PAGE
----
I do dd imaging quite frequently, and as long as everything is LBA48 capable and setup, I don't have problems copying partitions or whole drives between multiple drives of different sizes and manufacturers; even in instances between different interface technologies. This gets better once you're on an OS rev that treats ATA drives as SCSI, and CHS is no longer in play at all, which is the case in EL6 and Fedora revs around EL6. (At least I think that's correct; but it has been an awfully long time since I've done a CentOS 4 or 5 install on an ATA/IDE system, as all of my server systems are either SCSI or FibreChannel, physical or virtual).

Having said that, I quarterly rotate two identical drives in this laptop; each quarter, I clone the currently operating drive to the secondary and to a dated whole-disk image file, and then swap the drives, putting the previous primary back into the fire safe for storage. This both wear-levels and tests the backups drives.

I use a three-tiered approach to backups of my own laptop:
1.) Quarterly swapping drive clones as described above, using dd (which is faster than the slightly more friendly ddrescue, unless a bad sector is found) booted from rescue or live media of the OS that's installed (this provides a fast bare-metal base recovery that I can then update and restore from the rolling rsync in item 3);
2.) Three quarters of kept images along with the partition mapping (I use GPT, and thus use gdisk for this, which works better in my particular case than parted does (parted puts an inappropriate partition type on one of my partitions when recreating the partition map)) on multiple disks;
3.) Frequent rsyncs of /home and /etc to multiple drives, in rotation. This does mean an SELinux relabel might be required on a restore, but that's ok.

For servers I do the same, but with annual images and more rigorous scheduling of tarballs of important files, along with rolling rsyncs (I've looked at rsnapshot, and backing up the backup can be somewhat interesting in that case). Dump/restore has its advantages, too, however.
_______________________________________________
CentOS mailing list
CentOS@centos.org
http://lists.centos.org/mailman/listinfo/centos
 
Old 05-05-2011, 02:41 PM
Robert Heller
 
Default How to copy a system?

At Thu, 05 May 2011 10:10:52 -0400 CentOS mailing list <centos@centos.org> wrote:

>
> On 05/05/2011 08:01 AM Brunner, Brian T. wrote:
> > centos-bounces@centos.org wrote:
> >> At Thu, 05 May 2011 07:44:52 -0400 CentOS mailing list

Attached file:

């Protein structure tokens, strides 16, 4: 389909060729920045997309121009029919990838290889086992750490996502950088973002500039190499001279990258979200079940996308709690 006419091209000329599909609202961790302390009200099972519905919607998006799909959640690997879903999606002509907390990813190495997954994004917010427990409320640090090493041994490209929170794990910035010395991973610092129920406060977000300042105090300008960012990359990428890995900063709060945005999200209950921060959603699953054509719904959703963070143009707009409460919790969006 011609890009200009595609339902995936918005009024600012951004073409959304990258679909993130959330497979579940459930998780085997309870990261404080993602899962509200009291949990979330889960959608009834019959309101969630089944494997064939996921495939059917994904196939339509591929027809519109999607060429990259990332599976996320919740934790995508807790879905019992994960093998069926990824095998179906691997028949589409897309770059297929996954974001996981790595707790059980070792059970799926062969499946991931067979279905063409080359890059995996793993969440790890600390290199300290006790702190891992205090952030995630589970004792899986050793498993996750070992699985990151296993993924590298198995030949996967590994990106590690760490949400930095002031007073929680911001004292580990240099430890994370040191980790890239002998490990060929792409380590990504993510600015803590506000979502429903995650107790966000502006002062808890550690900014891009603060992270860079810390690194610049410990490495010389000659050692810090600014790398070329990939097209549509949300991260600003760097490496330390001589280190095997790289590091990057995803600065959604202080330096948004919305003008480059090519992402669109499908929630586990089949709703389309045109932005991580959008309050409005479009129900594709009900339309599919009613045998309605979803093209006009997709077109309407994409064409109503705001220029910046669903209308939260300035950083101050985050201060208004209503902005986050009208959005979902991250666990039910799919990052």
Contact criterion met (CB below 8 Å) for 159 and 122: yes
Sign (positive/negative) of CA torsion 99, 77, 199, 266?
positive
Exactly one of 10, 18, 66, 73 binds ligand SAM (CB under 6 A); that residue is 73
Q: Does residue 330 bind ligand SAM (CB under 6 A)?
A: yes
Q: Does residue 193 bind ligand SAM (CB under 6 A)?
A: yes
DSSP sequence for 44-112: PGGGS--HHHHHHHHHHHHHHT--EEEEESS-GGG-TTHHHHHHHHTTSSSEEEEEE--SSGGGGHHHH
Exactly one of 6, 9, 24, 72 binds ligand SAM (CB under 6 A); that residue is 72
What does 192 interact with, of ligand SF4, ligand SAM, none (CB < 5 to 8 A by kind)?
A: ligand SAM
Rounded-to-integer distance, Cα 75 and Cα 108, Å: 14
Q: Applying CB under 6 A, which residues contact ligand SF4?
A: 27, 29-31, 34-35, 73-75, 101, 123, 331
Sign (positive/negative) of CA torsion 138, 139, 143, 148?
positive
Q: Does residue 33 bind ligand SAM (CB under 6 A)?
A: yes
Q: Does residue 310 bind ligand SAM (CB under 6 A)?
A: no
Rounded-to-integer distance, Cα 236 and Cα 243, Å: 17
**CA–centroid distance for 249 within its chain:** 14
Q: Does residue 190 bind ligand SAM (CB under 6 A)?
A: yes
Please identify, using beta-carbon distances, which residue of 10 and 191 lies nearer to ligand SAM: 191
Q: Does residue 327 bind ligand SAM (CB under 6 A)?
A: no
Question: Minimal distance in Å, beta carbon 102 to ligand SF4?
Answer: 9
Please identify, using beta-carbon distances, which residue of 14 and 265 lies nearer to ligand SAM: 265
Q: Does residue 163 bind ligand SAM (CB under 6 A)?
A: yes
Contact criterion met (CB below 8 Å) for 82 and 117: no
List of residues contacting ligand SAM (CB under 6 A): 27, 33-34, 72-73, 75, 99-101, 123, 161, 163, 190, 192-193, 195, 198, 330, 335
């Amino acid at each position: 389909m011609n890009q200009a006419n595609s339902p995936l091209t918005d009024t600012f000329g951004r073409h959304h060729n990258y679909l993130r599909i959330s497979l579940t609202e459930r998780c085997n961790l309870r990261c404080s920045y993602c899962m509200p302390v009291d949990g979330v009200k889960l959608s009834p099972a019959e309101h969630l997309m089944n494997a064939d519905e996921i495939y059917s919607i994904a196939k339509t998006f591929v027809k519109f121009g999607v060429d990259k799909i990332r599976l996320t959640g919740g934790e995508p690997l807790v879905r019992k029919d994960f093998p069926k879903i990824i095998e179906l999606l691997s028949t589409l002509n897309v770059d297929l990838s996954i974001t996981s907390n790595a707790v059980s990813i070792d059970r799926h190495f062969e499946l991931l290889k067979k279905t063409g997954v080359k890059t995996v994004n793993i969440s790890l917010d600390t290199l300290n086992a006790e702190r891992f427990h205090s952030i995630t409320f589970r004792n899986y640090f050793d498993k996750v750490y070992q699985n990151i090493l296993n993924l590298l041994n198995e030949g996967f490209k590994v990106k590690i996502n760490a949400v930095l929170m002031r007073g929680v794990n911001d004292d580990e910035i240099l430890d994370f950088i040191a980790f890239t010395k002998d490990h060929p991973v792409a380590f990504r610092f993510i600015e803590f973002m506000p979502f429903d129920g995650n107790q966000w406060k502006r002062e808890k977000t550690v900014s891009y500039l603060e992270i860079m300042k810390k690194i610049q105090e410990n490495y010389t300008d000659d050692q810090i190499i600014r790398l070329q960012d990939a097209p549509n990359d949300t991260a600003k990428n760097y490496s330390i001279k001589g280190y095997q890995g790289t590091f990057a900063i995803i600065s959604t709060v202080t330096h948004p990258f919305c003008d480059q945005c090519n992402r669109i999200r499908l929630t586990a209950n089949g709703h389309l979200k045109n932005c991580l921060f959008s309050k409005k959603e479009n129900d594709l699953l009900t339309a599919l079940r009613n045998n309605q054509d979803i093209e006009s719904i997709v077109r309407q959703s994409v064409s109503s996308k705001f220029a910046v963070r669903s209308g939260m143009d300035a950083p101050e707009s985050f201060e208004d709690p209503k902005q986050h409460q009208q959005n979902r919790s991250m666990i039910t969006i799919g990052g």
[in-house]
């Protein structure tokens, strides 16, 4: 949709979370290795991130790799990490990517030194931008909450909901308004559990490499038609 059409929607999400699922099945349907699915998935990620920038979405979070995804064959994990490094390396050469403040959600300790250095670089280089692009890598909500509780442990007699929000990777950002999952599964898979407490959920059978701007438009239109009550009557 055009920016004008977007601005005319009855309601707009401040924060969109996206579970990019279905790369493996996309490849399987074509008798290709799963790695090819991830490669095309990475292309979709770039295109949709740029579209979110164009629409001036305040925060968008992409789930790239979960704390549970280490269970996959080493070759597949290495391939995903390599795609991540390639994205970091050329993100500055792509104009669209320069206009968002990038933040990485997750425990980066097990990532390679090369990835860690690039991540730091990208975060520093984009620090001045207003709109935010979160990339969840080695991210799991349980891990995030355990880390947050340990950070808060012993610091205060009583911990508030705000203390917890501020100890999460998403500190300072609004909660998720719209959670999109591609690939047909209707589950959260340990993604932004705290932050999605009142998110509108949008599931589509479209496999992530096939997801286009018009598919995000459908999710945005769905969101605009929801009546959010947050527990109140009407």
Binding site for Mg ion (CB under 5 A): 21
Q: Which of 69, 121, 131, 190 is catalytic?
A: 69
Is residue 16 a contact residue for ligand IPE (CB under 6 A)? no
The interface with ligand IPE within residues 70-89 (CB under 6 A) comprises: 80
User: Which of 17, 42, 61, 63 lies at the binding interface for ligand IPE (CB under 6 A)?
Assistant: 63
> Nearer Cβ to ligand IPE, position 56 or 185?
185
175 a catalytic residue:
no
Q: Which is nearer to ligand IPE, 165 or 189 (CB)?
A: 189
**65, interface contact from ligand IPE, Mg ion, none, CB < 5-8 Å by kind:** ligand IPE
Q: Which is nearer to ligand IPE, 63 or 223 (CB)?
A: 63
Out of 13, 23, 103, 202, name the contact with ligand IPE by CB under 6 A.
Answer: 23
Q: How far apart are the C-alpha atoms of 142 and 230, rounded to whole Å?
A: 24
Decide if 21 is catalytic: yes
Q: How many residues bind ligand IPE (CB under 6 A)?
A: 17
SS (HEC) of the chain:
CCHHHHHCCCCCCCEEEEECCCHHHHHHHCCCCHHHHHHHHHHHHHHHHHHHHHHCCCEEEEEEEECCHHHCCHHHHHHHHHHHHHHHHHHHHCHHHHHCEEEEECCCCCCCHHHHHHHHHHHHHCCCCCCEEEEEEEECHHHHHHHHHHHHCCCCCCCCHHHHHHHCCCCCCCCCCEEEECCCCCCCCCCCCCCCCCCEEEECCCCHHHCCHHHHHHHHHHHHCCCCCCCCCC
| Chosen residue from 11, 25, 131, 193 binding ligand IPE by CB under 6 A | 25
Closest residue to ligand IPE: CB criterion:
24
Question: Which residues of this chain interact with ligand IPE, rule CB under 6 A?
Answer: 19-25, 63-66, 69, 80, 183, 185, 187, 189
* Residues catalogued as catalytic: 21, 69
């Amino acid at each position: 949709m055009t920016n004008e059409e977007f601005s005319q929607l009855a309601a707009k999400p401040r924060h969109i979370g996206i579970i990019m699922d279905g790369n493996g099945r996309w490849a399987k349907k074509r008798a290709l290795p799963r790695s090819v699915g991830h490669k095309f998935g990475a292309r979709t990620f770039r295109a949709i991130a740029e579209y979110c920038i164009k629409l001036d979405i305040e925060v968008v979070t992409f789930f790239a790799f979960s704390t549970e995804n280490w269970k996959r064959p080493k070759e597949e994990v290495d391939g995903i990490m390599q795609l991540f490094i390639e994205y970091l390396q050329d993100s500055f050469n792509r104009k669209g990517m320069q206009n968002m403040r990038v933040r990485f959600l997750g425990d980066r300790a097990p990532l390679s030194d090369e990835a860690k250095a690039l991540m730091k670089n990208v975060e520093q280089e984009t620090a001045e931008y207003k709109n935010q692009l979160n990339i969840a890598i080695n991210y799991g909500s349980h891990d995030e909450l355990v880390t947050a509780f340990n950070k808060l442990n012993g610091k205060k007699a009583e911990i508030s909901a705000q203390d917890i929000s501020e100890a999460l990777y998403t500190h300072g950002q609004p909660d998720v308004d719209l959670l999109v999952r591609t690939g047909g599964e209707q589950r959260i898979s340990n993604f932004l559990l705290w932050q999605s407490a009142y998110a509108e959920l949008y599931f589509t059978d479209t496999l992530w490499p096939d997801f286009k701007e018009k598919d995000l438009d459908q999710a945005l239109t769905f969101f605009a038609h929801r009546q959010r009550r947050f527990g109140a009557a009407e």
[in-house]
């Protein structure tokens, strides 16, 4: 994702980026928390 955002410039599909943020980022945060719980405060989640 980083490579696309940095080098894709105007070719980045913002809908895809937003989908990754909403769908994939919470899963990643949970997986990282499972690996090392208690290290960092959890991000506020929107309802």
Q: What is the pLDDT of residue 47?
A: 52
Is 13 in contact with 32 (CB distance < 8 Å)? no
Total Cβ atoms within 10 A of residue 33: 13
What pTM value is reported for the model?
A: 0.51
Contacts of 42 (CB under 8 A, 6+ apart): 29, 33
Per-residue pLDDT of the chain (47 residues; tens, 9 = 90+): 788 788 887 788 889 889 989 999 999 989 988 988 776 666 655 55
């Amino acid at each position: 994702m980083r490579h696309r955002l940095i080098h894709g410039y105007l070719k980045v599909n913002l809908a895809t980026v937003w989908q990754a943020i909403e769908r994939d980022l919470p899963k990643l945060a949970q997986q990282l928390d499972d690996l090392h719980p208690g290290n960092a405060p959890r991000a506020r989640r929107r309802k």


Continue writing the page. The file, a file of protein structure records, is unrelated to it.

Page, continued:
> >> <centos@centos.org> wrote:
> >>
> >>>
> >>> On 05/05/2011 07:13 AM, Timothy Murphy wrote:
> >>>> Is there a standard way of copying a working system
> >>>> from one machine to another with different partitions?
> >>> You could also utilize cloning software, such as the client version
> >>> of drbl, clonezilla livecd.
> >>>
> >>> You could also do a direct copy with dd onto a connected drive.
> >> Warning: dd is not a good choise if the source and desination
> >> drives/partitions are *different* sizes.
> >
> > Different block mappings will also give you grief.
> > .:. The drives must be identical manufacturer and model, down to the
> > firmware revision.
> > dd is not a backup tool in the general sense.
>
> I had doubts about dd also. But last year, when I needed to upgrade to
> a larger drive, I used it and it worked fine. I bought a new drive (of
> course of larger size... different manufacturer too), put it into a
> drive enclosure, plugged that new drive into my USB port, and ran dd to
> copy the entirety of hda to hdb. Shutting down the machine, I swapped
> the hard drives and booted with the new drive and-- viola!-- new bigger
> drive with everything running just like on the old drive. I didn't have
> to reconfigure anything; even the networking worked on the new drive
> without touching anything. The only thing I did on the new drive was to
> create a new partition from all the extra new hd space I had. Indeed,
> this is a multi-boot machine and all OSs on it copied over just fine.
> In addition, all my linux partitions are encrypted, and all that copied
> over perfectly as well.
>
> One tip: Use dd's smallest block size (BS). I did this copy using dd
> several times, starting with 4k, then 2k block sizes and the new disk
> had problems when I tried to use it. IIRC, I had to rachet down to 256